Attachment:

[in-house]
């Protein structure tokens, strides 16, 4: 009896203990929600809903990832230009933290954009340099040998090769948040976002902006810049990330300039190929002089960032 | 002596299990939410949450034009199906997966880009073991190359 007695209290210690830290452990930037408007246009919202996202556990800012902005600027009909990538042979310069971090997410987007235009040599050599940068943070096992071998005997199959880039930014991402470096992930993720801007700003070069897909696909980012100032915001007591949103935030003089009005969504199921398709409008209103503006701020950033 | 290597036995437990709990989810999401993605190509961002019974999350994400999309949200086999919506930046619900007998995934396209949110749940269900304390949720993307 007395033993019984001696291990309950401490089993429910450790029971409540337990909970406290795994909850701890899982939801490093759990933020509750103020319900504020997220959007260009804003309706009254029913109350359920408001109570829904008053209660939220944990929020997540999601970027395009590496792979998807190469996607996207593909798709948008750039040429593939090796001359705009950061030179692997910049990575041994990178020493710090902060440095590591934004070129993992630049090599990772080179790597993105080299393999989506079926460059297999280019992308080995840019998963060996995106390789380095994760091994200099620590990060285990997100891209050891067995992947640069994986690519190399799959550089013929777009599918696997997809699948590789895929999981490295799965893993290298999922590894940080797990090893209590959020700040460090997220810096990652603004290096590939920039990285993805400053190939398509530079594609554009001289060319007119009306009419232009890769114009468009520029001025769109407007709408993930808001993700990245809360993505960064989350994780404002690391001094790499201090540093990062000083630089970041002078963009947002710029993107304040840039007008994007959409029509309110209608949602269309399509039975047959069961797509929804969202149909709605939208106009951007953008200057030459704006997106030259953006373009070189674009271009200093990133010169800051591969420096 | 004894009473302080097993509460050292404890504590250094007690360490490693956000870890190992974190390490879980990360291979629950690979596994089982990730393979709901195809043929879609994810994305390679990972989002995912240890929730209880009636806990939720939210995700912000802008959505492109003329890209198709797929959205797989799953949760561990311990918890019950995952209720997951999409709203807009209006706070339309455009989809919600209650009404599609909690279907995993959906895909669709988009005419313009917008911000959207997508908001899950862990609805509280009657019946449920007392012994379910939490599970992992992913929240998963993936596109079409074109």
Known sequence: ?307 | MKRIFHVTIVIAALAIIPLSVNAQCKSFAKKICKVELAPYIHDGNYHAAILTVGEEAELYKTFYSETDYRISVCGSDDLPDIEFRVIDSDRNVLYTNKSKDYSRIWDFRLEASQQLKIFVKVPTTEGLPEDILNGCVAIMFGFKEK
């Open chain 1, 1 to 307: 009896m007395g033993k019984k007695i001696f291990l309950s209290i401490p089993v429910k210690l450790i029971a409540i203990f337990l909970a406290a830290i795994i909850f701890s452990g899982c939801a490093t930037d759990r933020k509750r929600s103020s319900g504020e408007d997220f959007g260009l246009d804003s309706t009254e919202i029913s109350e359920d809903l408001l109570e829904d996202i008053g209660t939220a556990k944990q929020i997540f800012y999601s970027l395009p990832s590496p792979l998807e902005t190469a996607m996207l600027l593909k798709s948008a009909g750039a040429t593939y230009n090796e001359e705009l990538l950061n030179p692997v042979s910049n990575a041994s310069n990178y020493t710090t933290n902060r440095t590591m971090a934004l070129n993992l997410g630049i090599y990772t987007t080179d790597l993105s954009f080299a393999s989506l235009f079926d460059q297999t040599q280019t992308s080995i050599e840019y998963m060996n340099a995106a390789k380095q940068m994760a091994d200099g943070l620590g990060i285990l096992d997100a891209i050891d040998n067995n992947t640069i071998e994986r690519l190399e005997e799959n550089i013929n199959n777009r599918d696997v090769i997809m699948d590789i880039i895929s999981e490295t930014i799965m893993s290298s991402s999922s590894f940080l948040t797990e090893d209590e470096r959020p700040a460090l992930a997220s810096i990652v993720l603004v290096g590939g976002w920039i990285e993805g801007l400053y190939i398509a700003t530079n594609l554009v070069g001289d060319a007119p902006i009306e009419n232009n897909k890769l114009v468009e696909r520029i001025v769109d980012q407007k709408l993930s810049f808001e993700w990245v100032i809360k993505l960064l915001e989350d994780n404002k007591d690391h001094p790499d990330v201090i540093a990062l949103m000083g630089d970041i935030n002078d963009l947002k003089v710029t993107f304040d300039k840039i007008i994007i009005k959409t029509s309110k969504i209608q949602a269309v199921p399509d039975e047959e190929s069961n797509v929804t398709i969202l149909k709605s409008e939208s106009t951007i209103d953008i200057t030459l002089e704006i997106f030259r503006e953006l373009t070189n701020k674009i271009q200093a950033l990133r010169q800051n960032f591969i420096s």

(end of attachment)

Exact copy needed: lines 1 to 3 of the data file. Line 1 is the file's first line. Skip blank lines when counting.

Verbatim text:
[in-house]
């Protein structure tokens, strides 16, 4: 009896203990929600809903990832230009933290954009340099040998090769948040976002902006810049990330300039190929002089960032 | 002596299990939410949450034009199906997966880009073991190359 007695209290210690830290452990930037408007246009919202996202556990800012902005600027009909990538042979310069971090997410987007235009040599050599940068943070096992071998005997199959880039930014991402470096992930993720801007700003070069897909696909980012100032915001007591949103935030003089009005969504199921398709409008209103503006701020950033 | 290597036995437990709990989810999401993605190509961002019974999350994400999309949200086999919506930046619900007998995934396209949110749940269900304390949720993307 007395033993019984001696291990309950401490089993429910450790029971409540337990909970406290795994909850701890899982939801490093759990933020509750103020319900504020997220959007260009804003309706009254029913109350359920408001109570829904008053209660939220944990929020997540999601970027395009590496792979998807190469996607996207593909798709948008750039040429593939090796001359705009950061030179692997910049990575041994990178020493710090902060440095590591934004070129993992630049090599990772080179790597993105080299393999989506079926460059297999280019992308080995840019998963060996995106390789380095994760091994200099620590990060285990997100891209050891067995992947640069994986690519190399799959550089013929777009599918696997997809699948590789895929999981490295799965893993290298999922590894940080797990090893209590959020700040460090997220810096990652603004290096590939920039990285993805400053190939398509530079594609554009001289060319007119009306009419232009890769114009468009520029001025769109407007709408993930808001993700990245809360993505960064989350994780404002690391001094790499201090540093990062000083630089970041002078963009947002710029993107304040840039007008994007959409029509309110209608949602269309399509039975047959069961797509929804969202149909709605939208106009951007953008200057030459704006997106030259953006373009070189674009271009200093990133010169800051591969420096 | 004894009473302080097993509460050292404890504590250094007690360490490693956000870890190992974190390490879980990360291979629950690979596994089982990730393979709901195809043929879609994810994305390679990972989002995912240890929730209880009636806990939720939210995700912000802008959505492109003329890209198709797929959205797989799953949760561990311990918890019950995952209720997951999409709203807009209006706070339309455009989809919600209650009404599609909690279907995993959906895909669709988009005419313009917008911000959207997508908001899950862990609805509280009657019946449920007392012994379910939490599970992992992913929240998963993936596109079409074109």
Known sequence: ?307 | MKRIFHVTIVIAALAIIPLSVNAQCKSFAKKICKVELAPYIHDGNYHAAILTVGEEAELYKTFYSETDYRISVCGSDDLPDIEFRVIDSDRNVLYTNKSKDYSRIWDFRLEASQQLKIFVKVPTTEGLPEDILNGCVAIMFGFKEK